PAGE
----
The Reserve Bank of Australia (RBA) is undertaking significant reform, prompted by an unlikely source.

A 13-year-old blind boy has successfully campaigned to have the RBA print tactile banknotes.

“I received some notes at Christmas time and I kept having to ask Mum what they had given me,” Connor McLeod told ABC reporters this week.

Connor has been blind since birth due to a congenital disorder.

“I didn't touch notes because it was really annoying and embarrassing that I couldn't differentiate between them, but I could differentiate coins so I used to go around with only coins in my wallet getting stuff from the canteen with them.

“And then it just sort of hit me that my life isn't going to be all coins, so I thought I'd better make things a little easier, and easier for others as well.”

The Human Rights Commission and Vision Australia supported Conner’s year-long campaign, along with a petition signed by 57,000 people.

The young man lobbied the RBA at a meeting last November, leading the central bank to announce it will add a tactile feature to all bank notes.

RBA Governor Glenn Stevens says the tactile addition will help vision impaired people tell the difference between denominations, in addition to the bright colours, large and bold numbers, and different sizes.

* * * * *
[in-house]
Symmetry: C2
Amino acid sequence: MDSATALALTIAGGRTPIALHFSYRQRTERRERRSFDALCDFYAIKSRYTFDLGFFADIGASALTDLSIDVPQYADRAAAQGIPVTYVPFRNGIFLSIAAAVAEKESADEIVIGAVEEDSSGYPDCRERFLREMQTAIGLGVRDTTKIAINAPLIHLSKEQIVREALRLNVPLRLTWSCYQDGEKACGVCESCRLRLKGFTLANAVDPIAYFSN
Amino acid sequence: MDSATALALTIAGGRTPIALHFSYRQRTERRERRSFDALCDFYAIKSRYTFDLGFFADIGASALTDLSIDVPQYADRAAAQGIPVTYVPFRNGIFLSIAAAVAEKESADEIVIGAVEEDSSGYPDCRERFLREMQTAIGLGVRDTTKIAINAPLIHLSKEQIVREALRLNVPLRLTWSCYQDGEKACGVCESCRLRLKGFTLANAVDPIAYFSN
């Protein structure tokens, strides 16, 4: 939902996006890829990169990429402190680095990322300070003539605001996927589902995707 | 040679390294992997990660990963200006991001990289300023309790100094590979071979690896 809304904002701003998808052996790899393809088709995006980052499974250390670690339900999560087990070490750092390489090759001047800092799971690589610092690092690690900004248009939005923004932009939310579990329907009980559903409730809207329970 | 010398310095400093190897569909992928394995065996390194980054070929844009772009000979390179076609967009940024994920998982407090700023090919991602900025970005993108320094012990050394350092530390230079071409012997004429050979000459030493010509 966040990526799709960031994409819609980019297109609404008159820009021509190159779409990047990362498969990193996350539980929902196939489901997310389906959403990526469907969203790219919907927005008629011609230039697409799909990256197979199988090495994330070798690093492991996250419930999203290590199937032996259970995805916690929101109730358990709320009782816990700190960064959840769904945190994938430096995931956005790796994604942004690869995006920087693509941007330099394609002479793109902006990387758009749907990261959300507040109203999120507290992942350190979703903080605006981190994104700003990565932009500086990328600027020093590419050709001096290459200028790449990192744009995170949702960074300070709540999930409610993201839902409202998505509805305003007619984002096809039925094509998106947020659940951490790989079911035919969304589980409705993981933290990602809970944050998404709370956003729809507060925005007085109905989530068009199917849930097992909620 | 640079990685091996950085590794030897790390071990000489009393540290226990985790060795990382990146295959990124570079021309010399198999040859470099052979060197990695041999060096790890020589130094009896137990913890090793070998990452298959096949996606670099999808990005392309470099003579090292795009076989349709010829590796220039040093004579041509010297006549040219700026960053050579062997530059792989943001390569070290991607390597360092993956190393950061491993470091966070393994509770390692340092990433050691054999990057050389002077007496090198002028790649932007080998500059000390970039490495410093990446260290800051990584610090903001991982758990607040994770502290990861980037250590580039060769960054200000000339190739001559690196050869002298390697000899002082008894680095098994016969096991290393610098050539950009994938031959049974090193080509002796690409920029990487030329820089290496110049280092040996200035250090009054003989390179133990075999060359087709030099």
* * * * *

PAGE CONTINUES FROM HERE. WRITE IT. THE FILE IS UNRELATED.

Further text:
Vision Australia advocacy general manager Maryanne Diamond said Conner’ plight was one shared nationwide.

“What we found in Vision Australia in a recent survey is that 50 per cent of people who are totally blind are telling us that they feel that at times they have been short-changed, or given the wrong change when they've purchased something, simply because they can't quickly and easily and effectively distinguish notes,” Ms Diamond said.

“So I think Connor should be really proud of himself because I think that's kind of made a big difference in the Reserve Bank talking with us, working with us and trying to find a solution for the next generation of notes.”